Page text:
Mary hunts her way to better client relationships
Looking at Mary Yetto, it might not be obvious that she loves to be outdoors. She’s an avid hunter and also a veteran kickball player, both of which have helped her create stronger connections both in the office and with clients. Being an ethical hunter and using patience are skills that directly translated over to her auditing career.
In this episode, we talk about how much pressure if on the managers to create a corporate culture that encourages sharing of hobbies and passions to increase employee engagement. Every new staff person needs to know that their manager is there for them and is supportive of everyone having an interest outside of work. Mary also believes that the biggest barrier to not sharing is yourself.
Mary Yetto works as an Assurance Manager for BDO. Prior to that, she worked at KPMG, then Hartman, Leito, and Bolt (who later merged with BDO).
She is a graduate of Texas Tech University, with her Master of Science in Accounting.
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John: Welcome to episode 35 of the Green Apple Podcast where each Wednesday I interview a professional known for a hobby or a passion, and then we talk about how that’s impacted their career, and some really, really cool stories. Don’t miss any future episodes by subscribing to iTunes or Stitcher at greenapplepodcast.com. And while you’re there, it’d be great if you please just take 60 seconds and do my anonymous survey, by clicking the big green button the top right. It’s about employee engagement, and it’s really helped me out with my research for my new book.
And now let me introduce this week’s guest, Mary Yetto. She’s a Texas tech graduate and has spent her entire career in public accounting, starting with big 4 then went to a small local firm and is now a manager with BDO in Fort Worth, Texas. Mary I’m so excited you’re able to be with me on the Green Apple podcast, but one question I love to ask everyone is just how did you get into accounting?
Mary: Funny story. When I was in high school I wanted to be an architect. I loved the math and the puzzles and drawing and fixing things and doing all that. So then I discovered, “Oh you have to have school for more than four years?” So I said, “Nope.” I decided to be a marketing major. My aunt was a pharmaceutical sales rep. I was going to do that. She’s going to get me a job. Everything was all cool. Then I took my first accounting class and I loved it. I loved the puzzles. I was like, oh, let’s just do accounting than marketing because that makes a lot of sense.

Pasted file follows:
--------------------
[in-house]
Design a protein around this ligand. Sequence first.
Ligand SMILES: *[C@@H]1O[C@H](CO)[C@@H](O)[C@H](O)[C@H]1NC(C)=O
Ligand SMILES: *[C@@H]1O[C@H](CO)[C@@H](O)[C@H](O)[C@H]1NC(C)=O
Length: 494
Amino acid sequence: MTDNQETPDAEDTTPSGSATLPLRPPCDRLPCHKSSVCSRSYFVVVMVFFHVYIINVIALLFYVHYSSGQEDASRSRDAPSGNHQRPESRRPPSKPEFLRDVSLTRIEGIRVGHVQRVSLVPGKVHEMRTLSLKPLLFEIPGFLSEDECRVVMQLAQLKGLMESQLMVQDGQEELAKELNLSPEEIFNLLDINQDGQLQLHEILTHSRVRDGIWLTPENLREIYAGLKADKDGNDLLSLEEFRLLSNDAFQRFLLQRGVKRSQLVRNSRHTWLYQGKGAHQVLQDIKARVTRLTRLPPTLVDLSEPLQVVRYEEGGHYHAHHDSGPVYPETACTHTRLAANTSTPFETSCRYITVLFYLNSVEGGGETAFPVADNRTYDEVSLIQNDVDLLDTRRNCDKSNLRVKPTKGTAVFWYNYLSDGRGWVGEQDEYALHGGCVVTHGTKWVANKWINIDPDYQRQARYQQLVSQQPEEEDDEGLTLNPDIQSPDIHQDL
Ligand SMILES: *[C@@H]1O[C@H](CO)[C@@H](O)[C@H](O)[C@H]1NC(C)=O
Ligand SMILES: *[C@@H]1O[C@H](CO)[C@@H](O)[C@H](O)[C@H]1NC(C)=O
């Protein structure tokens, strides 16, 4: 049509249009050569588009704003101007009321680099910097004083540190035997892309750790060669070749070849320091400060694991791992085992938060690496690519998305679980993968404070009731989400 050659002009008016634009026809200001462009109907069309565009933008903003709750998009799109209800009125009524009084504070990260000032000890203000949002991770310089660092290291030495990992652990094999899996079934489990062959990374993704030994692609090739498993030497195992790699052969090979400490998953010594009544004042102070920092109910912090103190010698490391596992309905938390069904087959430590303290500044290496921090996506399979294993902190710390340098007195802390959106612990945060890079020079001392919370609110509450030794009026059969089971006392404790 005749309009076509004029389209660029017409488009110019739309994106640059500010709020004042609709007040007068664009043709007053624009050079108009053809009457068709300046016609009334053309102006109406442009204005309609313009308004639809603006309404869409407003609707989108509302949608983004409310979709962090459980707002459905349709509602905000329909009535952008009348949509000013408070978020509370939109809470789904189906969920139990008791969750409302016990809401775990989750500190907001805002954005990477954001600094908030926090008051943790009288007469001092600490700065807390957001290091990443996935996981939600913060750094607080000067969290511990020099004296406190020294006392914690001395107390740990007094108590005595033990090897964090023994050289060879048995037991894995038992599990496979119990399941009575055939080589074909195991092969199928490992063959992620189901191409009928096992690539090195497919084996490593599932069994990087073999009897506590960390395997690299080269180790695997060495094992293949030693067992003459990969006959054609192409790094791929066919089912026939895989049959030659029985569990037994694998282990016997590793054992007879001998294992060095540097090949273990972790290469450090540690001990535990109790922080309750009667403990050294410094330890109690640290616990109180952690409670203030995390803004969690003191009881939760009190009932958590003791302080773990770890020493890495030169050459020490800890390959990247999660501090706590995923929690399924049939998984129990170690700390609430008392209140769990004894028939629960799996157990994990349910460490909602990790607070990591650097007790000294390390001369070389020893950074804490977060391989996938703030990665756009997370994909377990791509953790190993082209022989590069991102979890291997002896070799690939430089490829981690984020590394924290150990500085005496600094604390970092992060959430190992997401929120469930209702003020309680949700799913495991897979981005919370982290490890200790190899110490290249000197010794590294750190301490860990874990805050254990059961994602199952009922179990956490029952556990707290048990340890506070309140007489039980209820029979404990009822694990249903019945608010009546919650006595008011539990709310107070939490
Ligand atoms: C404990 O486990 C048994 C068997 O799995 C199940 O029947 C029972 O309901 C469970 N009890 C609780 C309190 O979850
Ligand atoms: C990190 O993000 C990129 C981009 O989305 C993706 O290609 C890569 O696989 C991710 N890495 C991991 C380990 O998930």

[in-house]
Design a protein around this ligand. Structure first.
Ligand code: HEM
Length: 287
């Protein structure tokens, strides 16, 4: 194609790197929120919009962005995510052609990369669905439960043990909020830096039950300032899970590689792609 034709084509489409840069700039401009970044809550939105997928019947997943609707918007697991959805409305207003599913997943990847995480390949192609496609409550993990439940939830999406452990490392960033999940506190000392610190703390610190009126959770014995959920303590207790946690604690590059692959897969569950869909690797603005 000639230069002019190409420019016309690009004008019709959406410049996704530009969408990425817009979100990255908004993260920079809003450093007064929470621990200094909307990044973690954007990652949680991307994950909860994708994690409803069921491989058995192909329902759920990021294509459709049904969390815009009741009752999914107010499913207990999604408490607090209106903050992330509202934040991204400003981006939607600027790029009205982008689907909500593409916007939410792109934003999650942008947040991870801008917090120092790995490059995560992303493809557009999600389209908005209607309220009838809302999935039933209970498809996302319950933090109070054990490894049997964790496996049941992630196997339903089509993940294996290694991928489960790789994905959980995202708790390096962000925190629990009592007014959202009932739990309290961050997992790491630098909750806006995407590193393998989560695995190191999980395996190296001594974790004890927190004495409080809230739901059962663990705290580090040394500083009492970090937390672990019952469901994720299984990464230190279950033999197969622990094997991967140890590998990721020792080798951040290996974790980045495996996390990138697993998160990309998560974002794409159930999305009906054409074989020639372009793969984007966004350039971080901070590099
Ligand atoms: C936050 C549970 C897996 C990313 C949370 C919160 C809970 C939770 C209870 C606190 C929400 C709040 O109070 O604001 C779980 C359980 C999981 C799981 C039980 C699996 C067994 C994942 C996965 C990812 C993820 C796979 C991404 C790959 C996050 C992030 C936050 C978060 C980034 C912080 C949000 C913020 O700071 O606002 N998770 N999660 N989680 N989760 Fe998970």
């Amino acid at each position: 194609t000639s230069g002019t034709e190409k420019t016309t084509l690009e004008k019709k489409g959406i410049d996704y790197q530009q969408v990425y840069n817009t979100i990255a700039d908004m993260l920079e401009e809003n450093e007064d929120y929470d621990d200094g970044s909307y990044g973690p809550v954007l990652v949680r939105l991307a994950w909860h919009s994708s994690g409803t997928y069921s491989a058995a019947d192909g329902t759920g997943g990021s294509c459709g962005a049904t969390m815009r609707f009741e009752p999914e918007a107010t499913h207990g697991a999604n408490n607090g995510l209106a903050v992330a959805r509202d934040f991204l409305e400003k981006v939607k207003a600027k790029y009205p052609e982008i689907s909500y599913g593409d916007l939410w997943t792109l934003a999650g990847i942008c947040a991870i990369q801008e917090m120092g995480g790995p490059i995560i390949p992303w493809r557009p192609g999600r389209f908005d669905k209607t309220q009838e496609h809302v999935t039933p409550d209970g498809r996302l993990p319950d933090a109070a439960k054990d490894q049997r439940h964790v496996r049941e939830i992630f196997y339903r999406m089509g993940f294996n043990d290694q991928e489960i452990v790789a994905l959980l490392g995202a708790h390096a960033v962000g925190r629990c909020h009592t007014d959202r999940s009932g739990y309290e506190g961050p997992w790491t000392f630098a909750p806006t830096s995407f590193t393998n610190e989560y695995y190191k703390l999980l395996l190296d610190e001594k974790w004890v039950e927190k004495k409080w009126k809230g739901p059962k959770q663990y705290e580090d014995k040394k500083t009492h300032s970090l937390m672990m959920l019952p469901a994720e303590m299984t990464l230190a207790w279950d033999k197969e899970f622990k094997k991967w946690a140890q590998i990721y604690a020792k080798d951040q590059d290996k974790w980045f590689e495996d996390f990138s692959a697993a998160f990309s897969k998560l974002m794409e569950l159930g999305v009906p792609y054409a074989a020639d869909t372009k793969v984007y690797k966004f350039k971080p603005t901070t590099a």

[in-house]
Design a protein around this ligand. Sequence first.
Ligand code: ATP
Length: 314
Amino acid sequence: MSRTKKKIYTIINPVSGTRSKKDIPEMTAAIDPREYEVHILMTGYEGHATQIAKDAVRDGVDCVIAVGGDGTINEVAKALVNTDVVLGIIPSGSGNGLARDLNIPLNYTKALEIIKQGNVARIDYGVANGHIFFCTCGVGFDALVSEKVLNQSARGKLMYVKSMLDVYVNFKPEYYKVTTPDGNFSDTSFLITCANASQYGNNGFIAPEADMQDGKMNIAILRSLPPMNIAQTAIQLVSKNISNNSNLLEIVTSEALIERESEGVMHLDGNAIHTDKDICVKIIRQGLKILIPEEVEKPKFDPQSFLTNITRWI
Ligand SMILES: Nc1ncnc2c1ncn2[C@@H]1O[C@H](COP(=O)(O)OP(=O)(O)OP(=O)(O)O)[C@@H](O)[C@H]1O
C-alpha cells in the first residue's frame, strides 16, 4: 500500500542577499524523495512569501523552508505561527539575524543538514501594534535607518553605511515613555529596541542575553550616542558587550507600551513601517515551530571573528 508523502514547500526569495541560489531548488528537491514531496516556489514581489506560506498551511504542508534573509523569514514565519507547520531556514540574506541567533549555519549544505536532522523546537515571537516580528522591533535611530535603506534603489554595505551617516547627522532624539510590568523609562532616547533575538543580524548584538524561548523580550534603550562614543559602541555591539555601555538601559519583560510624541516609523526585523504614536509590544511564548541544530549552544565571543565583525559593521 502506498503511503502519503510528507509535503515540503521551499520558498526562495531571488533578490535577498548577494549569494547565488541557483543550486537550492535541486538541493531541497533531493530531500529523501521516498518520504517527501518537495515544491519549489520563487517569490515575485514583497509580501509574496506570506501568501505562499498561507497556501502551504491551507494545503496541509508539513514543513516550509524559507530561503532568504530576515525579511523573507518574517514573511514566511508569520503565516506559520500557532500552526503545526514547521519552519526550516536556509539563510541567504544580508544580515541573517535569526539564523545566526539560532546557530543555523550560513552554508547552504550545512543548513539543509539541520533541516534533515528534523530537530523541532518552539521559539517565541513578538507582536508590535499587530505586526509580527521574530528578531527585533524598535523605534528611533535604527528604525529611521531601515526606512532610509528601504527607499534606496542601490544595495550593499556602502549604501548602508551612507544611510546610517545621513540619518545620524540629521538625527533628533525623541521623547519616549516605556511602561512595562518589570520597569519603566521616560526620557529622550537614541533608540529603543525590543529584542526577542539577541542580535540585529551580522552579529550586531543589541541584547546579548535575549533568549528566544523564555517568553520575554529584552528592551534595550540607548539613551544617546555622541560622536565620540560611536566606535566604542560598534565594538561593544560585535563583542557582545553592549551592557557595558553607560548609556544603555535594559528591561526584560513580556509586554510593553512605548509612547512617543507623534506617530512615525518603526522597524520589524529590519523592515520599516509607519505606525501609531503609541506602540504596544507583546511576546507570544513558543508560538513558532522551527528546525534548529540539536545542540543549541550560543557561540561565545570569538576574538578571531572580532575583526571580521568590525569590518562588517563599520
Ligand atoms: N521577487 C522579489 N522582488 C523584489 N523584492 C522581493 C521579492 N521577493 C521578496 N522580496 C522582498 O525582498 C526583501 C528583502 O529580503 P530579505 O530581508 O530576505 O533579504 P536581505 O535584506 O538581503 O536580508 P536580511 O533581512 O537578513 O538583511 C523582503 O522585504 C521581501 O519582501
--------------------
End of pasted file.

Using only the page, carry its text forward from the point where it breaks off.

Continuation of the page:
John: Right, using both sides of your brain.
Mary: Yeah. And so I took my intermediate accounting class and my professor sent me — we had to write down our majors — that professor came up to me, he goes, “Let’s talk in my office.” He sets 45 minutes — because I don’t come from an accountant background family. My dad’s a computer science, my mom’s a teacher, and I have a bunch of doctors. So accounting was foreign to me, and he asked me why I did this, I was like, “Well, this is what I am going to be. My aunt is going to help, but I really liked accounting and being challenged,” and I go, “But I want to work with people and I don’t’ want to be in office all the time and all that.” He goes, “Have you heard of auditing?” I was like, “Huh?”
And so he explained that, you get to work with people, you don’t have to be in the office and you get to interact with C-level employees when you’re 20 something odd years old, and move around the country and travel. And right then and there I want to the registrar, dropped my marketing degree and signed up for a master’s in accounting.
John: Oh, that’s so great! That’s so good. I think that’s also hilarious that you were like, “You know what, I like using my brain and accounting,” as if marketing was just a bunch of colors and numbers and paint by numbers and stuff. Which is, obviously, it’s difficult as well but… No, but the puzzles and — that’s so great. And so then, that was sophomore year?
Mary: Junior year.
John: Junior year! Wow, that’s so good. Yeah, and then you’ve been on the rocket ship ever since?
Mary: Yup. Well, I never turned back. I even got my youngest sister on the rocket ship. She’s an accounting major.
John: That’s so good. Yeah, now you can go in at the family gatherings with all your doctors and computer science nerds and be like, “No, this is where it’s at, everybody.”